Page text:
As the weather gets colder, many homeowners want to know. Can I plant trees in winter? The short answer to this question is yes. However, you need to consider the type of tree, the climatic zone and the upcoming weather forecast. Also, there is a difference depending on whether you plant in early winter, midwinter, or late winter. Let’s discuss each of these factors in detail so you know if now is a good time to plant trees in your yard.

Tree species – evergreen or deciduous

When deciding whether to plant a tree in the winter, consider the type of tree you are interested in. Evergreen trees such as spruce and pine never drop their needles. They have a shorter planting season than deciduous trees because they need all the nutrients they can get before the ground freezes. The key is to plant evergreens when the soil is above 60 degrees Fahrenheit (16 degrees Celsius). Deciduous trees, or trees that lose their leaves and go dormant in the winter, don’t need a lot of energy to survive the cold months. This means that the temperature can be lower when planting. For best results, plant deciduous trees in the fall or early spring, before they sprout, when the soil is above 10 degrees Fahrenheit (10 degrees Celsius).

Climate zone

Climate has a big impact on when you can add trees to your yard. Across NY and much of the northern United States, fall is the best time to plant trees. The heat of summer is over, but the bitter cold of winter is yet to come. In (USDA) United States Department of Agriculture Plant Hardiness, mid-August to mid-October is an ideal time to add a new tree to your yard. However, in southern climates, including, there is more time to plant trees in the ground. November and December are perfect times to plant trees in NY.

Upcoming weather forecast

In addition to climatic considerations, currently unseasonable weather can affect your ability to plant trees. For example, even if you live in a northern climate, a particularly warm winter may be perfectly suitable for planting a tree. And again, when the odd blizzard strikes in early September, planting new trees in the ground must be put on hold.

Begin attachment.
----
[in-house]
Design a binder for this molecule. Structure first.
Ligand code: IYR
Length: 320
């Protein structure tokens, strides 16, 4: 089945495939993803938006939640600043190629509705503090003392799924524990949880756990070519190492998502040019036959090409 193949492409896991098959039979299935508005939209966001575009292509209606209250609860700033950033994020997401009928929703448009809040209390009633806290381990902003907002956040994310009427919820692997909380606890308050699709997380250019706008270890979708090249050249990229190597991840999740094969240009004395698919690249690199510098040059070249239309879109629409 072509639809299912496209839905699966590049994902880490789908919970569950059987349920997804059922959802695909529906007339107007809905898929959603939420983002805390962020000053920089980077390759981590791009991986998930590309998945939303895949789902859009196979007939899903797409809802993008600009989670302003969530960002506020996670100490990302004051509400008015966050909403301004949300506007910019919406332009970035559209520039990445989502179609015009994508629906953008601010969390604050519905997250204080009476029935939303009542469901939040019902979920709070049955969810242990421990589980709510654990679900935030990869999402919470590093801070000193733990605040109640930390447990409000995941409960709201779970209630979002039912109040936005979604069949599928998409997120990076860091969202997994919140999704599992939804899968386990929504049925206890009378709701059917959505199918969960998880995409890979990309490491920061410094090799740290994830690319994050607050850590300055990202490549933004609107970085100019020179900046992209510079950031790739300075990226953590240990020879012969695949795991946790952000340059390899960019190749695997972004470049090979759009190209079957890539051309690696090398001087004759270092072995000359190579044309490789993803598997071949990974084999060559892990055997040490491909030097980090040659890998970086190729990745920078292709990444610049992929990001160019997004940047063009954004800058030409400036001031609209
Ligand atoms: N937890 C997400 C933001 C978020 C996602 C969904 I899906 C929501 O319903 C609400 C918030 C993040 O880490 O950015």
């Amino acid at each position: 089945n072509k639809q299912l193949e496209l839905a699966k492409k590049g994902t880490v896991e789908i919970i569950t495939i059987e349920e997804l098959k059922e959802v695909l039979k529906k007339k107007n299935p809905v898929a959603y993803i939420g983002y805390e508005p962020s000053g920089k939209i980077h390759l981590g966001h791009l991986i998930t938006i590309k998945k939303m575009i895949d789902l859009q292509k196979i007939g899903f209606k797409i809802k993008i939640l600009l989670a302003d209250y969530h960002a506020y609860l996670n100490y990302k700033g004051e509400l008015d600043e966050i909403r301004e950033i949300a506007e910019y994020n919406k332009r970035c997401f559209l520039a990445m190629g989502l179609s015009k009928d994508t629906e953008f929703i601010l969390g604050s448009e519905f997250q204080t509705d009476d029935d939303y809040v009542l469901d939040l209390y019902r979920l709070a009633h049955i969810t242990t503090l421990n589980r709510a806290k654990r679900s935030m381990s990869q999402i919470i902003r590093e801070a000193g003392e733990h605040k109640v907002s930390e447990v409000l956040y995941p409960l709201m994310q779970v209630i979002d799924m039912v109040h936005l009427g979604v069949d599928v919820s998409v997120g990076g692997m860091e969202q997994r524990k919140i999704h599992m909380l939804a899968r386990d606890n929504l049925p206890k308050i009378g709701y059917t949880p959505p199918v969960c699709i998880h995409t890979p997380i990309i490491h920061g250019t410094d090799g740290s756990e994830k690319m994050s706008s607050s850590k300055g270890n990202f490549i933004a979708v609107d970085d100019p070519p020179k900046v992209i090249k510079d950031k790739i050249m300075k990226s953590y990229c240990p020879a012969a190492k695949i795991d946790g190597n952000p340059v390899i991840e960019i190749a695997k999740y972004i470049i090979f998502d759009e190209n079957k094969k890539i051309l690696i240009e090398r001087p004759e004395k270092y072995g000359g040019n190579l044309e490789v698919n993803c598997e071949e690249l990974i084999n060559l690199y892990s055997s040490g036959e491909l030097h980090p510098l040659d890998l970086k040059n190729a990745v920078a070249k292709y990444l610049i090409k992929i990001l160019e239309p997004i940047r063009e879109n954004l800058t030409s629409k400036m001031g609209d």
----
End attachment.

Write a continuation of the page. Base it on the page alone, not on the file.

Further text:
Early, mid, late winter

Winter can be divided into three main periods. Early winter is suitable for transplanting seedlings, as it often resembles autumn. However, if the ground is frozen or snowy, it is better to wait until late winter or early spring. After all, new seedlings are susceptible to frost damage, and their roots can dry out if planted in the middle of winter. Unless you live in a southern climate where cold and snow aren’t a problem.

Special considerations

No matter where you live or what type of tree you want to plant, these tips will help your seedlings get through the winter.

Continue watering: Water the soil around the new tree every week or two until the ground freezes. Water especially abundantly right before it completely freezes.

Apply mulching: Freeze-thaw cycles are particularly detrimental to young tree roots. Insulate the ground with mulch to maintain a more consistent temperature. Mulch also slows evaporation, allowing roots to absorb water more effectively.

Tree hanging: Windy winter conditions can hinder the growth of seedlings. Help the tree grow straight by tying it to three or four stakes.

Consider using desiccants: Desiccants are products that add a protective wax coating to hardwood evergreens to prevent them from drying out in the winter.

Do not fertilize: Immediately after planting the seedling, the new tree should have strong roots, not new branches. Adding a bit of compost and bone meal is acceptable, but wait until spring to be manure.

No pruning: Transplanting is stressful enough for the seedling without removing the branches. An exception to this is when a limb is damaged during shipping and needs to be removed.

Deer protection: Treat trees with deer repellent to protect newly planted trees from deer exploration. Also consider putting a protective tube on the trunk to prevent deer from rubbing their antlers.

Start thinking about spring cleaning

Thanks to this guide, you now know whether you can plant trees at this time of year. Still, if you have any questions, feel free to contact TreeSoldiers. Spring will come before you know it, so it’s wise to start planning. Book your spring-cleaning service now before it’s full! Contact us online today to request a free job quote. Did you know? TreeSoldiers is a neighborhood company. Learn more about our company of home service professionals at.

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